A typical program with a mixture of bars, restaurants and metro hotels yields 100 to 150 tons per month. That’s roughly the equivalent amount of glass that could be recovered each month from a community with a population of 12,000, if it performed at the national rate. That’s not a bad return for the program. When you consider that we’re looking at one program per city with average populations of 300,000, the odds of replacing lost residential tons are not in our favor. In Las Vegas, rich with hotels, the recovery looks much different, but that’s an exception.
On the upside, targeting the commercial sector where separating glass can be enforced by management could result in higher quality. The economics are less encouraging.
By and large GPl’s survey showed commercial customers reluctant to pay for recycling services. Therefore, grants and other subsidies are used to provide what is described as cost-neutral service. Looking at newly developed programs, it is safe to say government assistance continues to play a big role. At least one of the service providers with local ties admitted that the program was viewed as a community service and not a profit center. Many customers do pay fees, but the survey’s recommendations suggest these probably do not represent the full cost of the service. That seems problematic if we expect glass recycling to be sustainable.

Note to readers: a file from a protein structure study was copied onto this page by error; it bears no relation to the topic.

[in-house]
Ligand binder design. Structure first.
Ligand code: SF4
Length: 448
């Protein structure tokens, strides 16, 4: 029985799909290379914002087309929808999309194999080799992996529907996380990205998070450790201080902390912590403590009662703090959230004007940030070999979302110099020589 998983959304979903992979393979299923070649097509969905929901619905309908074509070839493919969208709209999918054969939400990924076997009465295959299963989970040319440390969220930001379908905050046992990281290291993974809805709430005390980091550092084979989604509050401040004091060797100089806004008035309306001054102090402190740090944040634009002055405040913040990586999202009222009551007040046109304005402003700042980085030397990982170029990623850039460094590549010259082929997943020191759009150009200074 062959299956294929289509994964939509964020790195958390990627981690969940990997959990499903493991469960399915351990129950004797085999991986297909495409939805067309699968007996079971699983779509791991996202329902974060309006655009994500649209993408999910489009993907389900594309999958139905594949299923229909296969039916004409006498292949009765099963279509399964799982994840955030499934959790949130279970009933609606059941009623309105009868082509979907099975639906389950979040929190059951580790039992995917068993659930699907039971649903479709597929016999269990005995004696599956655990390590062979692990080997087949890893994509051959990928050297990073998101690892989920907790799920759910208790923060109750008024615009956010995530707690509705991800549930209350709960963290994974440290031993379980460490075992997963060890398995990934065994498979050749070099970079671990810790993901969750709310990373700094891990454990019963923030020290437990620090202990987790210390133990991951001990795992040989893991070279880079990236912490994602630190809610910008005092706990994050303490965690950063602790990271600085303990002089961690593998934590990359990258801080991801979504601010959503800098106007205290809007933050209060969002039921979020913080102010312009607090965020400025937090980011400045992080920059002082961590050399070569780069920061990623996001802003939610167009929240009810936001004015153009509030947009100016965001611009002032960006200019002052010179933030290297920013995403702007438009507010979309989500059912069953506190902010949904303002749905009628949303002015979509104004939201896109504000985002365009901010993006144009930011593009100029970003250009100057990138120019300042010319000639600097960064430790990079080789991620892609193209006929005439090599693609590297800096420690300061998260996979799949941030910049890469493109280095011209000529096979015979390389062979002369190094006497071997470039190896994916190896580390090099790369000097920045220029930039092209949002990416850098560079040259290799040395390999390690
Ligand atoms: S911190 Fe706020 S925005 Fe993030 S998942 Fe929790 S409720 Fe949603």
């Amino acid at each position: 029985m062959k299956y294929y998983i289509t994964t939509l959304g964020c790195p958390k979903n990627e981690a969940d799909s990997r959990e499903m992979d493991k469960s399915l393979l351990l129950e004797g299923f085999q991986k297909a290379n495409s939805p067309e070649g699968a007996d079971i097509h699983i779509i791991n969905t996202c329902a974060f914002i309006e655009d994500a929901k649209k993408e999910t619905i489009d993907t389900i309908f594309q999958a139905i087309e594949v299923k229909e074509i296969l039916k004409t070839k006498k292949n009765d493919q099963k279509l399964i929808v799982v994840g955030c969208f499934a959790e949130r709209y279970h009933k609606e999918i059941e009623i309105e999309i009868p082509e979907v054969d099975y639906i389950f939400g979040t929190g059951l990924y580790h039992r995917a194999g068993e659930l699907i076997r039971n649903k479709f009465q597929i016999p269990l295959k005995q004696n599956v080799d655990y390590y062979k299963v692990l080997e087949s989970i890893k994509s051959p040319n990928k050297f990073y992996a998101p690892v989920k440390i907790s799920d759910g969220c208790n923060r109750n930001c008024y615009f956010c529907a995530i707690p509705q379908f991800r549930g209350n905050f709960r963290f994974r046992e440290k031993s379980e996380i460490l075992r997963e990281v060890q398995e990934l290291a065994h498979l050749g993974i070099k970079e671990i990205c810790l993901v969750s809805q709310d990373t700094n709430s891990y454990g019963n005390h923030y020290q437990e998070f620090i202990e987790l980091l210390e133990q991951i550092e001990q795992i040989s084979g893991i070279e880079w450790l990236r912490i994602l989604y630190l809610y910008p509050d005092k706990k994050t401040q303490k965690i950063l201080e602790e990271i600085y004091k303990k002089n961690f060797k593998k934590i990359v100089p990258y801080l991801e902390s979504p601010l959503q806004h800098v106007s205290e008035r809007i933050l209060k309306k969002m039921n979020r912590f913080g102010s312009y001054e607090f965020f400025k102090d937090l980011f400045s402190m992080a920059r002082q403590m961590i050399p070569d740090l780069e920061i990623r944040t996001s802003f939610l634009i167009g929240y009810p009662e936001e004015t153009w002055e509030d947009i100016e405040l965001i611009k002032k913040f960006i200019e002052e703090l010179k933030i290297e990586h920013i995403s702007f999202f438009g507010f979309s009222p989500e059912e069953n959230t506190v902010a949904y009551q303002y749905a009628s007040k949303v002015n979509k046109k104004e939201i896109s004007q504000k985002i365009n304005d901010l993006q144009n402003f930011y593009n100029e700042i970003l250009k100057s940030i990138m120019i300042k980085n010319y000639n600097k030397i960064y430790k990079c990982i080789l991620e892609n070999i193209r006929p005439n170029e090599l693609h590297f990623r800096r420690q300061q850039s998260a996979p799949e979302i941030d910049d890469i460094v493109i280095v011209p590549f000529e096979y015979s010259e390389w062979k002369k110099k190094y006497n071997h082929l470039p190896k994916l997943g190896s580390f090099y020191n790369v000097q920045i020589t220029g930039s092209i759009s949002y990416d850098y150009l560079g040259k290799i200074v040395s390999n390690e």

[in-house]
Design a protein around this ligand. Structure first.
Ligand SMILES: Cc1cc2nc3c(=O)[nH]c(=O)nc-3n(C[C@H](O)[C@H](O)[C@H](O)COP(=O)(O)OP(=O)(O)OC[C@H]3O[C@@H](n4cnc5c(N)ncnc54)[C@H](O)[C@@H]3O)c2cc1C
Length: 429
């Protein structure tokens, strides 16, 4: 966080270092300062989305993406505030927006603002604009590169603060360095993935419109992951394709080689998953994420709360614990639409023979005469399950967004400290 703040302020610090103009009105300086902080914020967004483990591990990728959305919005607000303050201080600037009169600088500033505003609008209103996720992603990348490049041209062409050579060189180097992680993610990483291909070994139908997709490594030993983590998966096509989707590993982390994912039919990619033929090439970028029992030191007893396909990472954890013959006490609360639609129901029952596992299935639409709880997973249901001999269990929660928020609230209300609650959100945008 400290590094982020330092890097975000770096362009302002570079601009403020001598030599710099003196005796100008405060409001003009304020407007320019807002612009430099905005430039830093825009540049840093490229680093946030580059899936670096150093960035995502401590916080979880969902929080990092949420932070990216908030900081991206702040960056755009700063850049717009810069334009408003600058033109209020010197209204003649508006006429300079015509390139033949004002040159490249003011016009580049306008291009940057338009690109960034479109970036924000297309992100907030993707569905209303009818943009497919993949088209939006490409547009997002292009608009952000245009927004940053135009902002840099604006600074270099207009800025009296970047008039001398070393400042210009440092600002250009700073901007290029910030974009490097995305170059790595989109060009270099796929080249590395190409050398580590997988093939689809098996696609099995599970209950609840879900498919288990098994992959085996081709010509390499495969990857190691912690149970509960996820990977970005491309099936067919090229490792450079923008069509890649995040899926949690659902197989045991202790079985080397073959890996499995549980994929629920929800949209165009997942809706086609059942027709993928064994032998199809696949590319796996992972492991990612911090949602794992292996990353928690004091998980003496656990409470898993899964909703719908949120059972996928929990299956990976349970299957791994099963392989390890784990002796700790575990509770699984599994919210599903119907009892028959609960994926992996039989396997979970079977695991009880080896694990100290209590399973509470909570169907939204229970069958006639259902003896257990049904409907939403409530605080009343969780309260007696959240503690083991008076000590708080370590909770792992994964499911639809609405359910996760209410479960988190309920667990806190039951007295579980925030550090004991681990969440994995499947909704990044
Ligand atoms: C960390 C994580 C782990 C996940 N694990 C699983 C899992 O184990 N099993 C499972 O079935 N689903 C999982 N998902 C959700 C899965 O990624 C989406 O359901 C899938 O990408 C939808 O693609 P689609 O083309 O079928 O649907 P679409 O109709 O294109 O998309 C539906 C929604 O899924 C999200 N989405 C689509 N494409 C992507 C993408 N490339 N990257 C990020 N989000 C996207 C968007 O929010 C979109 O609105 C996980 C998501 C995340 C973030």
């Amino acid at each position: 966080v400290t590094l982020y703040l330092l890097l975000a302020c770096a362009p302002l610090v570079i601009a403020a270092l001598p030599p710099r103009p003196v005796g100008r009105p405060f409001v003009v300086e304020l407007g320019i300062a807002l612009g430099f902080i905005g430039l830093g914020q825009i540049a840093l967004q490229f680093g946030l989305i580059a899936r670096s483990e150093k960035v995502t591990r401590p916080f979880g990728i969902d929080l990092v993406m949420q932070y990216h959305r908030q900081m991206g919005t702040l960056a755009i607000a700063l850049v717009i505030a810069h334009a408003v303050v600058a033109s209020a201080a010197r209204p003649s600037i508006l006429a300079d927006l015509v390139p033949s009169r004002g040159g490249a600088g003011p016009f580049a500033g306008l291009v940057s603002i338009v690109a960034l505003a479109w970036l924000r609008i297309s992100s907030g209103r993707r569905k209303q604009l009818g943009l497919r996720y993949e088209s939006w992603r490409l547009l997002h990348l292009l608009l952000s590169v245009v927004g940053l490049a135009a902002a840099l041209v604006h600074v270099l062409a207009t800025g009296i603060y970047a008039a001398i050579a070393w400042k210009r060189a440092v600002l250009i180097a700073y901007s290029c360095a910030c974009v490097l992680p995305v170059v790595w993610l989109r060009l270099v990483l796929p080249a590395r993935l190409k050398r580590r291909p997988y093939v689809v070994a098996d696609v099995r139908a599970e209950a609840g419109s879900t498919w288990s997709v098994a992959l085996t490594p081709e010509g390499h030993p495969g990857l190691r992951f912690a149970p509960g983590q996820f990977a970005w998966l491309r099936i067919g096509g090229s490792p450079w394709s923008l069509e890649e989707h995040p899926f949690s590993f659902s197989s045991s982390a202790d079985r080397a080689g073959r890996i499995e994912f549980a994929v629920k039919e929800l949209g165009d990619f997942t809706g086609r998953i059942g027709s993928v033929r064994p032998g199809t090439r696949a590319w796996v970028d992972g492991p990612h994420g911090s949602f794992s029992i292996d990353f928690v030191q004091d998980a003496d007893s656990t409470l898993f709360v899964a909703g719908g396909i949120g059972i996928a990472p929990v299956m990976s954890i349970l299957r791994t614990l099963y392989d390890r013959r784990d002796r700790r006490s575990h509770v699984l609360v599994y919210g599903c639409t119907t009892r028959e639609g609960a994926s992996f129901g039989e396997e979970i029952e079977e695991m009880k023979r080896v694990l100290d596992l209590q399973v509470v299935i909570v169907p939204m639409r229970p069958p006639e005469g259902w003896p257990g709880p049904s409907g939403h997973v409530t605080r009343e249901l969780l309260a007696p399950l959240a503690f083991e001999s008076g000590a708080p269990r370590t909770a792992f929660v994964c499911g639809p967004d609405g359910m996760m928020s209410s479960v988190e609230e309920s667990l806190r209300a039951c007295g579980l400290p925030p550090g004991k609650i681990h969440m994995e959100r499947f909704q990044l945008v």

Less than half of the states have local glass manufacturers. Slightly more have processors. Even where quality is high, transportation costs due to weight and distance remain stumbling blocks for many areas of the country. This is particularly true when faced with a processing fee for the delivered material.
That brings us back full circle to those container deposit laws. There’s plenty of data demonstrating these return systems result in high yields of cleaner material. Glass manufacturers tell us they rely heavily on these systems as reliable sources of feedstock. Yet, ironically users of glass packaging can be the loudest voices opposing these laws. We understand and can find merit in many of their objections, but it also leaves us with questions.
If glass recycling is essential to glass manufacturers and packagers, we wonder who should be responsible for the cost of recovering those bottles and jars where no deposit incentives exist? Other industries reliant on recycled feedstock have made adjustments to ensure the flow of material necessary for their operations remained affordable to separate and recover at the source. Can we expect the same effort here? If not, does it signify there is no value in our efforts to salvage this material?
Single-stream recyclers have thrown up their hands and declared they can’t handle the added expense of glass contamination and equipment damage. Local governments have responded by eliminating glass collection programs. Are we nearing the demise of glass recycling?
The industry clearly is sending out an SOS. However, in response to this emergency message, without change at many levels, glass processors and manufacturers should not expect 100 billion bottles to wash up at their doors any time soon.
Michele Nestor is the President of Nestor Resources Inc., based in the Greater Pittsburgh area, and chair of the board of directors, of the Pennsylvania Recycling Markets Center, Penn State, Harrisburg.